As I surf marketing industry blogs, I see much discussion about the new economy and new agency business models. I’m shocked that I haven’t heard the topic of client collaboration discussed at all. It has been a critical part of the STIR business model and our success.
What is client collaboration?
It entails the fusion of agency and client resources to produce efficiencies. It often takes the form of coordinating the creative, digital, PR and promotional staffs of both entities on the same campaigns.
The upside of client collaboration
The primary benefit is to reduce the cost of execution by sharing tasks among client staff and our “out-of-pocket” labor. It allows us to execute bigger ideas than our budget would otherwise allow. We’ve found, however, that the benefits go much farther. Campaigns have better efficacy because there are deeper links and superior integration with in-house programs. Our clients provide better insight on the front-end and more thorough follow-through on the back-end. Client staff has more skin in the game, seeing the agency as teammates rather than rivals. The agency is learning more about the inner workings of the client’s business. These relationships are built and fortified throughout the staff, not just “top to top” at the director level. This stabilizes our accounts. And guess what? In almost every instance, it improves agency morale.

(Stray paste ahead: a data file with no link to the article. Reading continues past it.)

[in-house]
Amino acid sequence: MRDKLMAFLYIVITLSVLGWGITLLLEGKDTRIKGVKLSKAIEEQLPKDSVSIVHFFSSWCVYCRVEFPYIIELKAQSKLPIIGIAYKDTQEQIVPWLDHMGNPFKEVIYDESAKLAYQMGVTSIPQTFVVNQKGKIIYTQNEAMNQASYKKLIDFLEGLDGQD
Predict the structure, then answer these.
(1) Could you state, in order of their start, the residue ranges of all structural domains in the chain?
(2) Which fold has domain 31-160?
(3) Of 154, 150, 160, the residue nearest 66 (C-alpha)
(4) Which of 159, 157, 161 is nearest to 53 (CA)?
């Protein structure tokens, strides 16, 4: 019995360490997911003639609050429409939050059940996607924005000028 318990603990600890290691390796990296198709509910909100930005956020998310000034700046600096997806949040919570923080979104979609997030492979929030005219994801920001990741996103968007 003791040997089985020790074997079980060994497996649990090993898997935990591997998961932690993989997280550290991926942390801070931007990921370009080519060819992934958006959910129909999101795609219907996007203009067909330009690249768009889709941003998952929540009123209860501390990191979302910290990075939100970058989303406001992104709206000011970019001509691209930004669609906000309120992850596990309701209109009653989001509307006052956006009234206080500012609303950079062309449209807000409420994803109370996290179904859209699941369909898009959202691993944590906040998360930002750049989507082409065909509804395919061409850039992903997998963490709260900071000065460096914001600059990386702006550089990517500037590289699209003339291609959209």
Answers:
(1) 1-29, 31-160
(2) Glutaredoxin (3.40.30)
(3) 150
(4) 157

One client asked that a talented internal creative serve as co-creative director on the account. We found a lot of talent there and a strong ally. We are routinely training in-house creative on how to extend our campaign. On the digital side, we are choosing CMS, designing websites and social marketing campaigns around the skillset of the client, so that the program can be easily transitioned and managed internally. This saves them a bundle and wins us the assignments. With promotions and event marketing, we are collaborating with field marketing personnel to help to design and execute events, greatly extending the campaign’s reach where it was previously unaffordable. With public relations programs, we have designed conceptually driven concepts and trained client personnel to reach out to trusted contacts, execute trade show events, assist with reporting and provide technical support. Because the campaign is so much more extensive and successful, our involvement is an asset, not an annoyance to in-house staff.
I want to say that talent is first, but truthfully most agencies have the talent. Collaboration, trust and confidence are absolute essential ingredients and perhaps harder assets to develop and harness. Our team is recruited and managed with this in mind. In the end, we’ve found that we must focus on the best interests of the client’s business, not our own. We find that by doing so, we have transformed our corporate culture and done precisely what is in the best interests of STIR. We’ve built better, more effective campaigns and stronger client relationships.